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How Did States With Low Smoking Rates Fail A Major Health Report?

The American Lung Association says states are failing to enact policies to prevent smoking, but there are fewer smokers in the U.S. than ever.
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How Did States With Low Smoking Rates Fail A Major Health Report?

In the new edition of the American Lung Association's State of Tobacco Control report, many states received failing grades for not enacting policies designed to curb smoking. But the report's targets might not tell the whole story. Many of those failing states still saw their total number of smokers dwindle. 

States are graded on five criteria, including whether the state restricts people below the age of 21 from buying tobacco; the strength of a state's smoke-free air laws; the amount it charges for excise taxes on tobacco; whether the state offers treatments to get people to quit smoking; and how well those initiatives are funded.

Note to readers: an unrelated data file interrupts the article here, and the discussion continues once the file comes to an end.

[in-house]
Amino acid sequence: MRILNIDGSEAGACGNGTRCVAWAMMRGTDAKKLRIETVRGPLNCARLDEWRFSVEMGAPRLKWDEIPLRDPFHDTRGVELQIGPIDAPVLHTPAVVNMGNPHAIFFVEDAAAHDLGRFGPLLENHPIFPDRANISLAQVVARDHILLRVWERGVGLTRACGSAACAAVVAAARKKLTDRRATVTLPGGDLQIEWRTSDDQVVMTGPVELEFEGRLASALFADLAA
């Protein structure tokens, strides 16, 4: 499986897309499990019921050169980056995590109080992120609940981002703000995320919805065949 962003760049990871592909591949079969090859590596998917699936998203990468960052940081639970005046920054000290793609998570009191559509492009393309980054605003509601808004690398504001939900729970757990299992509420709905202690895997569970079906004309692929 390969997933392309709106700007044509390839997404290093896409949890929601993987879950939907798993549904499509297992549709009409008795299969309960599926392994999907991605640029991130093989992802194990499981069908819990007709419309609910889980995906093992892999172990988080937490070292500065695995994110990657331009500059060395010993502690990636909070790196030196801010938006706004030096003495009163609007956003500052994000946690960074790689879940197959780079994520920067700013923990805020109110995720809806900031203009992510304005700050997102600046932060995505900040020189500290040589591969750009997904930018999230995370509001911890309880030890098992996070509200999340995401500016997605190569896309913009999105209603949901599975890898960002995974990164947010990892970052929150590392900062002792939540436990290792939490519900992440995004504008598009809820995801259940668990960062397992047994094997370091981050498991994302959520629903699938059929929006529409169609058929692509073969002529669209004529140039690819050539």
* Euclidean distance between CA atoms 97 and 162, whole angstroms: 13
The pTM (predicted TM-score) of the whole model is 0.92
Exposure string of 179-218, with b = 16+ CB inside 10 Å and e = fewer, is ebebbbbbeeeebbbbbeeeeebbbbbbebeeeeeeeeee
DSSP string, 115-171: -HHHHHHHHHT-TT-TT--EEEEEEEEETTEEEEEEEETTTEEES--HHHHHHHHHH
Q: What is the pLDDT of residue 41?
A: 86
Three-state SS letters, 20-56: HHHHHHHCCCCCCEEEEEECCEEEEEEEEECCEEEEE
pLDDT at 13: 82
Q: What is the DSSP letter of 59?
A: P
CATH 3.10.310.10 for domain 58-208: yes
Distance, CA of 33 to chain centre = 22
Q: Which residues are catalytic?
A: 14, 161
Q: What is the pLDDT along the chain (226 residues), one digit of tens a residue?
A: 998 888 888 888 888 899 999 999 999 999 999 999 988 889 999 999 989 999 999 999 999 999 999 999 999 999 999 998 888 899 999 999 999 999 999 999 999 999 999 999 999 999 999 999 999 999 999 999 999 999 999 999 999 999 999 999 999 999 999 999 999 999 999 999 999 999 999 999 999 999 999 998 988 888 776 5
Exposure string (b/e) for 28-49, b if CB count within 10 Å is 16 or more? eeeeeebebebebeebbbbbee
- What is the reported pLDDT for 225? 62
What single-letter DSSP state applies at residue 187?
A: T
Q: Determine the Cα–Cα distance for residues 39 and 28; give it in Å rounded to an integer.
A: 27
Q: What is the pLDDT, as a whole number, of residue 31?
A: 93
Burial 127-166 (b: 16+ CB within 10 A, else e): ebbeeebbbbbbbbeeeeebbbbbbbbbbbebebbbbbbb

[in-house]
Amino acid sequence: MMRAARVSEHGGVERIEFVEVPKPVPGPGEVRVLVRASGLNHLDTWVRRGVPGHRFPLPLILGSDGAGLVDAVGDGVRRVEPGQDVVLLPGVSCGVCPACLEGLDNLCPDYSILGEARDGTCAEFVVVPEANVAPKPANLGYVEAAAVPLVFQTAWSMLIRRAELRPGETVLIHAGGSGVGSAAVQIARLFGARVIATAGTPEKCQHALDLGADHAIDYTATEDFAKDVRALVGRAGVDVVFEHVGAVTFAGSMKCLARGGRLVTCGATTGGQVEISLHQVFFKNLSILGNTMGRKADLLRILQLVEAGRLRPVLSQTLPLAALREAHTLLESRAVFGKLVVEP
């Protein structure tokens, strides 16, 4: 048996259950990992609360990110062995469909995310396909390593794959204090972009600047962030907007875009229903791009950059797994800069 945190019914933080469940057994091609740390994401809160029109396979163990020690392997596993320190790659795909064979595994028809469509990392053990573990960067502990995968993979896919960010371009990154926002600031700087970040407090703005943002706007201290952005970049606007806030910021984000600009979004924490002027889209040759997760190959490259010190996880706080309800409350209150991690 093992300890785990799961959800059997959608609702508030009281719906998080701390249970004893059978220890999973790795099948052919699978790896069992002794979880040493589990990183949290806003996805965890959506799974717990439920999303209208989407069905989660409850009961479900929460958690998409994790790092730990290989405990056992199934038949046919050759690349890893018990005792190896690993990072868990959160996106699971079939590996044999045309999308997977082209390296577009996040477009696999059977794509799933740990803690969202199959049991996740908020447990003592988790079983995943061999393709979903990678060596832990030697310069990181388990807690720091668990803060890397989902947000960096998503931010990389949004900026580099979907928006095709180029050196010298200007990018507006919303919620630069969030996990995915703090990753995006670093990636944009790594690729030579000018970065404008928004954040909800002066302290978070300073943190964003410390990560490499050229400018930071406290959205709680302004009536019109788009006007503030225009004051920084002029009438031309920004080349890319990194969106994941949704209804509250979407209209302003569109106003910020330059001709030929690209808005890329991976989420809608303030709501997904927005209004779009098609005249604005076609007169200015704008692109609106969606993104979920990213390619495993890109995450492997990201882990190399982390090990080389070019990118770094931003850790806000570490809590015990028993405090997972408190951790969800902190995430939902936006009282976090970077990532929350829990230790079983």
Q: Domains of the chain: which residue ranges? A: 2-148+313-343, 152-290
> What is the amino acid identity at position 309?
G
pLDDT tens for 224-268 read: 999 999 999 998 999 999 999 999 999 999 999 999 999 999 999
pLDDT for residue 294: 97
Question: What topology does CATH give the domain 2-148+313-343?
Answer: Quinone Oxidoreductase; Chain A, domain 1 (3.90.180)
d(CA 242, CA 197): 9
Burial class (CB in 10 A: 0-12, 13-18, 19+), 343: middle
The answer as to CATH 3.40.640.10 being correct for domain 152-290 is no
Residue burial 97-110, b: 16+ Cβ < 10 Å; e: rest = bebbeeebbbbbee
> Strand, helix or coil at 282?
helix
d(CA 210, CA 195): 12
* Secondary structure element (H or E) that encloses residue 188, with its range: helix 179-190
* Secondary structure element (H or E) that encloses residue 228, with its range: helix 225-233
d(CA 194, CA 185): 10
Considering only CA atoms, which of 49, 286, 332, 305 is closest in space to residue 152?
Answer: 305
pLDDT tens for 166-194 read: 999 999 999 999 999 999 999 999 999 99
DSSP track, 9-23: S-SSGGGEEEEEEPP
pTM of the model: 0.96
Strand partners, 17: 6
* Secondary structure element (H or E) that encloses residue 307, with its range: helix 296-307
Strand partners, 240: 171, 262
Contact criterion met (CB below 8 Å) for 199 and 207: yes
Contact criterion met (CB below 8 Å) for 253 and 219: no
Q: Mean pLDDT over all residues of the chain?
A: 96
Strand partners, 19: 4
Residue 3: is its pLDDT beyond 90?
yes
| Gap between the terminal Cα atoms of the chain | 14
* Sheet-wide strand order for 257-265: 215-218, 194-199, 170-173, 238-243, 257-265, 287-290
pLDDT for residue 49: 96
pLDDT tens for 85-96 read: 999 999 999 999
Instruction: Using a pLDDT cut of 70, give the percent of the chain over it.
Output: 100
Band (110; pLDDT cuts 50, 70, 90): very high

At face value, the study's results paint a dismal picture. Only three states got a C or better for funding their tobacco prevention programs, and only five states hit the same benchmark for age-restriction laws. States didn't fare much better with the strength of their tobacco taxes — only 10 managed to score a C or better.  

But even while many states received all F's, some still made considerable gains in getting their residents to quit. For instance, North Carolina failed every criteria in the report, but it also recorded the lowest-ever rate of adult smokers in the state's history. 

And the same trend holds for the whole U.S., too. While the country failed two criteria, the number of smokers has steadily declined to only 15 percent of American adults — a historic low for the country.